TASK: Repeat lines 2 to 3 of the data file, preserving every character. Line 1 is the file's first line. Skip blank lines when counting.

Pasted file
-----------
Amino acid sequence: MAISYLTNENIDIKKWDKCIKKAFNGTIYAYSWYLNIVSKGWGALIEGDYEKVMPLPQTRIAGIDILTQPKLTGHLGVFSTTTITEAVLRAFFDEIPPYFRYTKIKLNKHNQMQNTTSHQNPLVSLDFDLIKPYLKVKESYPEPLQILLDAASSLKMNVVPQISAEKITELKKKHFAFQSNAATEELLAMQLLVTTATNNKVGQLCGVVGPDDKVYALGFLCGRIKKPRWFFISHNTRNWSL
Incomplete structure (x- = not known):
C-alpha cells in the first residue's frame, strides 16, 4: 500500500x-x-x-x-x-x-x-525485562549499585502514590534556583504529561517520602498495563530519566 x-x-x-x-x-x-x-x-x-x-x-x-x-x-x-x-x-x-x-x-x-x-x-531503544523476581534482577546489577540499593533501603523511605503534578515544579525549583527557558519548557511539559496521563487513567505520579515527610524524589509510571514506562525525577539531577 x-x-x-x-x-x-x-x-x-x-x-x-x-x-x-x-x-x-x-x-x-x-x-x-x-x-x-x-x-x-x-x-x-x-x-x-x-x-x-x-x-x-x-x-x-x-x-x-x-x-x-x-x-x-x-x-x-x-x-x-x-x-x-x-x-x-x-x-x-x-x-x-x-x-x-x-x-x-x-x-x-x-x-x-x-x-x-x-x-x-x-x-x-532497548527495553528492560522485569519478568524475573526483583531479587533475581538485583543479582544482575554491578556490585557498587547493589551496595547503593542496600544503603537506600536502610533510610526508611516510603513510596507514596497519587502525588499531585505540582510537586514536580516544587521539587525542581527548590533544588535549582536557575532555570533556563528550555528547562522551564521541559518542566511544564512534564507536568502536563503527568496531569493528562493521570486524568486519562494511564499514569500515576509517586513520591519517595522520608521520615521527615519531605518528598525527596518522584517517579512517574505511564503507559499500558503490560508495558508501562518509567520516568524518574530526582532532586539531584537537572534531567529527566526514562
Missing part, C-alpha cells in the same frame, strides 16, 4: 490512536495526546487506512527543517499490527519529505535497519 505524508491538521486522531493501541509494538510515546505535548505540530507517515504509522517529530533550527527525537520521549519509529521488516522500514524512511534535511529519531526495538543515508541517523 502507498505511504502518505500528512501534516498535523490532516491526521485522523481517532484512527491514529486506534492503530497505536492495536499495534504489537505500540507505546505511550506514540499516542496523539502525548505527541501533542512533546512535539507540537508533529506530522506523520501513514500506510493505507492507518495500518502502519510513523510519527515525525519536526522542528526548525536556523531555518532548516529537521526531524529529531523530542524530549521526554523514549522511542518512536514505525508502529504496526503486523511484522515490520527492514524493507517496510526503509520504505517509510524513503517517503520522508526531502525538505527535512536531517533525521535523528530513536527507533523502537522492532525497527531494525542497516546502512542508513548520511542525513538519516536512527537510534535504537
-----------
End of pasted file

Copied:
Incomplete structure (x- = not known):
C-alpha cells in the first residue's frame, strides 16, 4: 500500500x-x-x-x-x-x-x-525485562549499585502514590534556583504529561517520602498495563530519566 x-x-x-x-x-x-x-x-x-x-x-x-x-x-x-x-x-x-x-x-x-x-x-531503544523476581534482577546489577540499593533501603523511605503534578515544579525549583527557558519548557511539559496521563487513567505520579515527610524524589509510571514506562525525577539531577 x-x-x-x-x-x-x-x-x-x-x-x-x-x-x-x-x-x-x-x-x-x-x-x-x-x-x-x-x-x-x-x-x-x-x-x-x-x-x-x-x-x-x-x-x-x-x-x-x-x-x-x-x-x-x-x-x-x-x-x-x-x-x-x-x-x-x-x-x-x-x-x-x-x-x-x-x-x-x-x-x-x-x-x-x-x-x-x-x-x-x-x-x-532497548527495553528492560522485569519478568524475573526483583531479587533475581538485583543479582544482575554491578556490585557498587547493589551496595547503593542496600544503603537506600536502610533510610526508611516510603513510596507514596497519587502525588499531585505540582510537586514536580516544587521539587525542581527548590533544588535549582536557575532555570533556563528550555528547562522551564521541559518542566511544564512534564507536568502536563503527568496531569493528562493521570486524568486519562494511564499514569500515576509517586513520591519517595522520608521520615521527615519531605518528598525527596518522584517517579512517574505511564503507559499500558503490560508495558508501562518509567520516568524518574530526582532532586539531584537537572534531567529527566526514562